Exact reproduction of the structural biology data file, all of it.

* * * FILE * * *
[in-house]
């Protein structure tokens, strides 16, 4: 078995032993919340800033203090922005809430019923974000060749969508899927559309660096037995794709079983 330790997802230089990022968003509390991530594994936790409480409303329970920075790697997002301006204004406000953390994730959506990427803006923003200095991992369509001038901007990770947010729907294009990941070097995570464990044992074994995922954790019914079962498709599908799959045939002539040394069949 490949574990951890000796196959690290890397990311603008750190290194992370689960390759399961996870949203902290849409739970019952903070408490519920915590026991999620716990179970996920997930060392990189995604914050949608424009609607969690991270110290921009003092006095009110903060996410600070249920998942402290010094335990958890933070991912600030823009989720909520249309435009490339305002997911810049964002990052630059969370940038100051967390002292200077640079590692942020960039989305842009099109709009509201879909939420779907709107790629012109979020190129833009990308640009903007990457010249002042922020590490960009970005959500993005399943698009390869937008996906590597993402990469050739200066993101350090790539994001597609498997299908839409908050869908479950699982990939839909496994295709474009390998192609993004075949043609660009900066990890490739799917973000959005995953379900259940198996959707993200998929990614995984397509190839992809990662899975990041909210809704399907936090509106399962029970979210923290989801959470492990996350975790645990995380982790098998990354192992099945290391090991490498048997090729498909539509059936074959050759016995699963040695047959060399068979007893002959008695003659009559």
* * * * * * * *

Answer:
[in-house]
């Protein structure tokens, strides 16, 4: 078995032993919340800033203090922005809430019923974000060749969508899927559309660096037995794709079983 330790997802230089990022968003509390991530594994936790409480409303329970920075790697997002301006204004406000953390994730959506990427803006923003200095991992369509001038901007990770947010729907294009990941070097995570464990044992074994995922954790019914079962498709599908799959045939002539040394069949 490949574990951890000796196959690290890397990311603008750190290194992370689960390759399961996870949203902290849409739970019952903070408490519920915590026991999620716990179970996920997930060392990189995604914050949608424009609607969690991270110290921009003092006095009110903060996410600070249920998942402290010094335990958890933070991912600030823009989720909520249309435009490339305002997911810049964002990052630059969370940038100051967390002292200077640079590692942020960039989305842009099109709009509201879909939420779907709107790629012109979020190129833009990308640009903007990457010249002042922020590490960009970005959500993005399943698009390869937008996906590597993402990469050739200066993101350090790539994001597609498997299908839409908050869908479950699982990939839909496994295709474009390998192609993004075949043609660009900066990890490739799917973000959005995953379900259940198996959707993200998929990614995984397509190839992809990662899975990041909210809704399907936090509106399962029970979210923290989801959470492990996350975790645990995380982790098998990354192992099945290391090991490498048997090729498909539509059936074959050759016995699963040695047959060399068979007893002959008695003659009559």